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Council discusses reprisals against those that cooperate with the UN
Tuesday, 15 June 2010 14:18

 

The general debate on agenda items 2 and 3, which took place on 8 June, mainly focussed on a number of thematic reports by the Secretary-General and the High Commissioner for Human Rights, including on reprisals against those that have cooperated with the UN system in the field of human rights; business and human rights; the realisation of economic, social and cultural rights; human rights in the administration of justice including juvenile justice; preventable maternal mortality and morbidity; and the right of peoples to peace.

 

Only a small number of States (Norway, Switzerland, UK and Spain on behalf of the EU) commented on the Secretary-General’s report on ‘cooperation with the UN, its representatives and mechanisms in the field of human rights’ (A/HRC/14/19). They expressed concern at the large number of cases of intimidation and reprisals against human rights defenders and others that have sought to cooperate with the UN. They argued that the effectiveness and credibility of the Human Rights Council (the Council) depended on its ability to interact with rights-holders and learn about situations on the ground. States called for more visibility to be given to reprisals, inside and outside the Council, to combat impunity. Switzerland and Norway also called on States to investigate alleged intimidations and reprisals and report findings to the Council and the Secretary-General.

 

ISHR delivered a joint statement with the Asian Forum for Human Rights and Development (FORUM-ASIA) and the Cairo Institute for Human Rights Studies (CIHRS), on reprisals against persons co-operating with the UN in the field of human rights.

It called for credible investigations to be carried out in the 14 reported cases of intimidation and reprisals; for perpetrators to be brought to justice; and for reparation to be provided to victims. It also called on the Council to follow-up these investigations and look at how States, the Council and other parts of the UN system can best prevent and address instances of reprisals or intimidation.

 

Switzerland in particular highlighted the recent death of Floribert Chebeya, a prominent human rights defender in the Democratic Republic of the Congo, asking the authorities to conduct an impartial investigation into the case. It also stressed the need for transparency regarding reprisals, and that while not wanting to single out any particular States, it specifically referred to Kenya’s unfulfilled promise to investigate murders of two human rights defenders in 2009, and harassment of defenders in Myanmar and Venezuela. The Human Rights Commission of the Philippines also drew attention to reprisals and the role of national human rights institutions (NHRIs) in addressing such cases. It called for the Council to remind special procedures to work more closely with NHRIs, since these institutions are often well situated to implement UN recommendations.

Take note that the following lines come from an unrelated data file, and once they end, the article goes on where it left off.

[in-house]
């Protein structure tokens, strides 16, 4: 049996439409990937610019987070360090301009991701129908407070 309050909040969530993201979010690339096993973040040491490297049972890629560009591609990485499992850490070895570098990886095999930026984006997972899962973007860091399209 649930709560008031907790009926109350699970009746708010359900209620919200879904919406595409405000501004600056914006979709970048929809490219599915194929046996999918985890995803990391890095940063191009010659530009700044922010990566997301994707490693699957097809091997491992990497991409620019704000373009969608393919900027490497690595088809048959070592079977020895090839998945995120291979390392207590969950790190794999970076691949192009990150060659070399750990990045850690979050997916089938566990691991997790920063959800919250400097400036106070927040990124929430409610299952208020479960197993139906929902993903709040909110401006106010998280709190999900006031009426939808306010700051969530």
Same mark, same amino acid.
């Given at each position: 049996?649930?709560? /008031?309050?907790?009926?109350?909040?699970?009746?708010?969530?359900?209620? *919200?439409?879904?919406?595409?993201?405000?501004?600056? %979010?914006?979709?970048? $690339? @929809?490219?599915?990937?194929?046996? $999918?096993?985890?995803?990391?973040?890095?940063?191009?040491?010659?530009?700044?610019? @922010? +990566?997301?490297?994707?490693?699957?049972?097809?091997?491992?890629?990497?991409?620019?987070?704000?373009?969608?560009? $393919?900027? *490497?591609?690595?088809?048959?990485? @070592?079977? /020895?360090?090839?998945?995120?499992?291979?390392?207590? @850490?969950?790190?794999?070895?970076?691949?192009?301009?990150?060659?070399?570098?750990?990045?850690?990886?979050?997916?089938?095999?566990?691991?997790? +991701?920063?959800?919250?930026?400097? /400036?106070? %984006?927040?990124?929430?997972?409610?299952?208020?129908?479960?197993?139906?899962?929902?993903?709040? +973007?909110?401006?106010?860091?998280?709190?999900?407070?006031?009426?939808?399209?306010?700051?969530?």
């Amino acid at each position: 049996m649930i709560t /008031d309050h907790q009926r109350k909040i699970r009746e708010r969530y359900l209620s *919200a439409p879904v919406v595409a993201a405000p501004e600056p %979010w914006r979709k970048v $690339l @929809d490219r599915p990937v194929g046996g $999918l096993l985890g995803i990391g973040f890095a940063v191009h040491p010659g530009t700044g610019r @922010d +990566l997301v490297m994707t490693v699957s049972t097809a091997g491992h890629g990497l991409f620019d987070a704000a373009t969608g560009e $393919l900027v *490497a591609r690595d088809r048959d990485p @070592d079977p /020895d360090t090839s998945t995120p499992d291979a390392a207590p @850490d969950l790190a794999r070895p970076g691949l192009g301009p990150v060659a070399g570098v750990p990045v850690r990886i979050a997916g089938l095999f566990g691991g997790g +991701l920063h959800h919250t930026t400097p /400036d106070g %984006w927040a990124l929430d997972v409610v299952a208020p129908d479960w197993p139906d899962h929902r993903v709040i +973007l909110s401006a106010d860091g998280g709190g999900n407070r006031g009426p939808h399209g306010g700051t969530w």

France highlighted the importance of protecting human rights defenders working on issues of sexual orientation, as well as the need not to discriminate on the basis of sexual orientation. Spain on behalf of the EU also highlighted human rights violations based on sexual orientation and gender identity.

 

Other noteworthy comments were Malaysia’s general criticism of the special procedures for broadly interpreting their mandates in producing reports not requested by the Council. It also requested that OHCHR ensure that adequate resources are allocated to the special procedures without discrimination. The EU stated that the Council was not the right forum to discuss the right to peace, while Libya was the only State to speak in support of it. Cuba is presenting a resolution on that topic at this session. Some States used the debate as an opportunity to point out their efforts to protect human rights and to defend themselves against criticisms from NGOs and other States (Tunisia, Morocco, Algeria). Other issues addressed during the debate were gender equality and discrimination against women, the right to self-determination, human rights of migrants, internally displaced persons, and economic, social and cultural rights. While a large number of NGOs took part in the debate, only 20 States spoke.

Last Updated on Tuesday, 24 August 2010 17:03
 
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